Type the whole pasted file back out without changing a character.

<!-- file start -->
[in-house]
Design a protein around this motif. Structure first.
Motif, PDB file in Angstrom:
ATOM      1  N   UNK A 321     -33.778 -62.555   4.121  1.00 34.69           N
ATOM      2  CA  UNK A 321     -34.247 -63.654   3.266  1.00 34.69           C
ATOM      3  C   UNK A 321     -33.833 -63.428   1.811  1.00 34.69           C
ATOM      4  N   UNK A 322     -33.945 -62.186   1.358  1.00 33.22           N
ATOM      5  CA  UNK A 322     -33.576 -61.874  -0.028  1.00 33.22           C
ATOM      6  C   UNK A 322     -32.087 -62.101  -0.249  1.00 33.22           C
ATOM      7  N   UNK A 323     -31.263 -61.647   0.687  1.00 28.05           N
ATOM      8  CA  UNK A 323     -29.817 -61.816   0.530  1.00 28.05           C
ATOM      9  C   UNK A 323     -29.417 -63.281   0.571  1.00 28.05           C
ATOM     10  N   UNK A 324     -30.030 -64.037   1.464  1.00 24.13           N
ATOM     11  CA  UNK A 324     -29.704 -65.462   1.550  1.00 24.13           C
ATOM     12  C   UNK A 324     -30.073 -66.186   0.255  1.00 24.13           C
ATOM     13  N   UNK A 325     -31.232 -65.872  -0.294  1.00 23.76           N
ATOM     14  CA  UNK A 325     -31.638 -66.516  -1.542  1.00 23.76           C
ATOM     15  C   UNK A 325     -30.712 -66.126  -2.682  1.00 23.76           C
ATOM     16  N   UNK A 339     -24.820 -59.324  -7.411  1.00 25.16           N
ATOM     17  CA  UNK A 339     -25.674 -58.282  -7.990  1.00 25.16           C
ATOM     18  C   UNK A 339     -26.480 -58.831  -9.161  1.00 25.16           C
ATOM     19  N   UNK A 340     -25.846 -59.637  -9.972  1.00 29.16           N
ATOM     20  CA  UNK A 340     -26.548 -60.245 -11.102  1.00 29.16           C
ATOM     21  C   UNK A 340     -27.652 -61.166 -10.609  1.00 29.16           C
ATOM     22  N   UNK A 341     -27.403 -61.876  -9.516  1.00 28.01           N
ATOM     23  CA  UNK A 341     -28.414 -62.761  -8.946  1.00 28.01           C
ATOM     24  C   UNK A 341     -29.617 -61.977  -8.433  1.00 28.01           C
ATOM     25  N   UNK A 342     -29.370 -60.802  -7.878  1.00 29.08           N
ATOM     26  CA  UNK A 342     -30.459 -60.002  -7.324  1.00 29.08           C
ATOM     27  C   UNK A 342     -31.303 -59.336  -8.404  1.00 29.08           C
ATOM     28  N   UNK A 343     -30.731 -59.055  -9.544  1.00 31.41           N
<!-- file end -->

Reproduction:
[in-house]
Design a protein around this motif. Structure first.
Motif, PDB file in Angstrom:
ATOM      1  N   UNK A 321     -33.778 -62.555   4.121  1.00 34.69           N
ATOM      2  CA  UNK A 321     -34.247 -63.654   3.266  1.00 34.69           C
ATOM      3  C   UNK A 321     -33.833 -63.428   1.811  1.00 34.69           C
ATOM      4  N   UNK A 322     -33.945 -62.186   1.358  1.00 33.22           N
ATOM      5  CA  UNK A 322     -33.576 -61.874  -0.028  1.00 33.22           C
ATOM      6  C   UNK A 322     -32.087 -62.101  -0.249  1.00 33.22           C
ATOM      7  N   UNK A 323     -31.263 -61.647   0.687  1.00 28.05           N
ATOM      8  CA  UNK A 323     -29.817 -61.816   0.530  1.00 28.05           C
ATOM      9  C   UNK A 323     -29.417 -63.281   0.571  1.00 28.05           C
ATOM     10  N   UNK A 324     -30.030 -64.037   1.464  1.00 24.13           N
ATOM     11  CA  UNK A 324     -29.704 -65.462   1.550  1.00 24.13           C
ATOM     12  C   UNK A 324     -30.073 -66.186   0.255  1.00 24.13           C
ATOM     13  N   UNK A 325     -31.232 -65.872  -0.294  1.00 23.76           N
ATOM     14  CA  UNK A 325     -31.638 -66.516  -1.542  1.00 23.76           C
ATOM     15  C   UNK A 325     -30.712 -66.126  -2.682  1.00 23.76           C
ATOM     16  N   UNK A 339     -24.820 -59.324  -7.411  1.00 25.16           N
ATOM     17  CA  UNK A 339     -25.674 -58.282  -7.990  1.00 25.16           C
ATOM     18  C   UNK A 339     -26.480 -58.831  -9.161  1.00 25.16           C
ATOM     19  N   UNK A 340     -25.846 -59.637  -9.972  1.00 29.16           N
ATOM     20  CA  UNK A 340     -26.548 -60.245 -11.102  1.00 29.16           C
ATOM     21  C   UNK A 340     -27.652 -61.166 -10.609  1.00 29.16           C
ATOM     22  N   UNK A 341     -27.403 -61.876  -9.516  1.00 28.01           N
ATOM     23  CA  UNK A 341     -28.414 -62.761  -8.946  1.00 28.01           C
ATOM     24  C   UNK A 341     -29.617 -61.977  -8.433  1.00 28.01           C
ATOM     25  N   UNK A 342     -29.370 -60.802  -7.878  1.00 29.08           N
ATOM     26  CA  UNK A 342     -30.459 -60.002  -7.324  1.00 29.08           C
ATOM     27  C   UNK A 342     -31.303 -59.336  -8.404  1.00 29.08           C
ATOM     28  N   UNK A 343     -30.731 -59.055  -9.544  1.00 31.41           N